and that

The Westminster coroner has been shown the yellow card. I ask the Minister to review the conduct of Dr. Knapman over time, not only following the Marchioness tragedy but in other cases, to judge whether it might now be time to show the red card.

There are wider lessons to be learned about the role of coroners. I welcome the current review of coroners and death certification, which was partly stimulated by the conduct of the coroner in the Marchioness inquiry. A basic requirement is for the careful recording of information, not—as in the case of the Marchioness post mortems—notes collected in an A5 notepad. Without that careful recording of information, it is very difficult for relatives or other concerned parties to know whether an inquiry has been properly carried out.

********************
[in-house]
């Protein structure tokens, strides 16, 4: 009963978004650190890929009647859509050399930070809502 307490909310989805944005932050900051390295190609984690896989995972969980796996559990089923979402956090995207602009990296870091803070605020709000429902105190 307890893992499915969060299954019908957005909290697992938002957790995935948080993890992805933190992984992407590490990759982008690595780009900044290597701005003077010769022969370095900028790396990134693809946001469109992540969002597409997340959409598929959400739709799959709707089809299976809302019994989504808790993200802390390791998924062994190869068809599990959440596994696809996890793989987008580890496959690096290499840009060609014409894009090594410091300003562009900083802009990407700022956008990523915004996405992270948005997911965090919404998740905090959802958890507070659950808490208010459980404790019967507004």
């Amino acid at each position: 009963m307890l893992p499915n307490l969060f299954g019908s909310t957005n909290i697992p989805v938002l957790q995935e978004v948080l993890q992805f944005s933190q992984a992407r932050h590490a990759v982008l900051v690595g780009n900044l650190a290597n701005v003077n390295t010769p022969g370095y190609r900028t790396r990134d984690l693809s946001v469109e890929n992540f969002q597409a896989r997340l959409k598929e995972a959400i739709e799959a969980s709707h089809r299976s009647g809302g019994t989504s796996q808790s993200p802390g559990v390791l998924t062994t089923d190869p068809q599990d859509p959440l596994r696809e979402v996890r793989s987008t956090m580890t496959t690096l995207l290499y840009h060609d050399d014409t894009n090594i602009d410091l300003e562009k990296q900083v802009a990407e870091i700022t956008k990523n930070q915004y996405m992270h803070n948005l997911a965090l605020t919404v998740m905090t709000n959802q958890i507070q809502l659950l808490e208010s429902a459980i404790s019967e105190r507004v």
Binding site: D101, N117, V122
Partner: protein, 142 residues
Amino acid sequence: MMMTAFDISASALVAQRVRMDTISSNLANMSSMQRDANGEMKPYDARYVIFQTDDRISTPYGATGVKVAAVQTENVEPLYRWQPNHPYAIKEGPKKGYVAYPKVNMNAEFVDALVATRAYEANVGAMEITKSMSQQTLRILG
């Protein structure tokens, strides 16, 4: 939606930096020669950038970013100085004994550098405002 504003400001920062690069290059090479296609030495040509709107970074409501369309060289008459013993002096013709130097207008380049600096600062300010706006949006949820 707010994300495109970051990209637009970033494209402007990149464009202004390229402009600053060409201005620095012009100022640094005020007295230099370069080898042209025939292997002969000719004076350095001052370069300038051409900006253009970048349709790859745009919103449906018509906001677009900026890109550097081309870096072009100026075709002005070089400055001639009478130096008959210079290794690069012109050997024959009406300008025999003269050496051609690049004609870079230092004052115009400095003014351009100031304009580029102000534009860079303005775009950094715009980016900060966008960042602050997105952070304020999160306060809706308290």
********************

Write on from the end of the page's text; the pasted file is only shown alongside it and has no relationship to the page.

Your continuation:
I have already referred to the need for training of coroners and their staff to enhance the social skills needed to deal with the bereaved sensitively. In that context, I welcome the review's early identification of a defect in the system—failing to establish clear participation rights for bereaved people, including the provision of information. Most important, relatives must have a right to see the bodies of their loved ones. Whether they decide to exercise that right is up to them.

No families should ever again be treated as the Marchioness bereaved clearly were: as a troublesome nuisance. The coroner's review gives us an opportunity to learn the lessons of the past. If it does, it will be a lasting tribute to the work of those bereaved families who have fought so hard to ensure that in future no families find that they have to cope with humiliation as well as grief.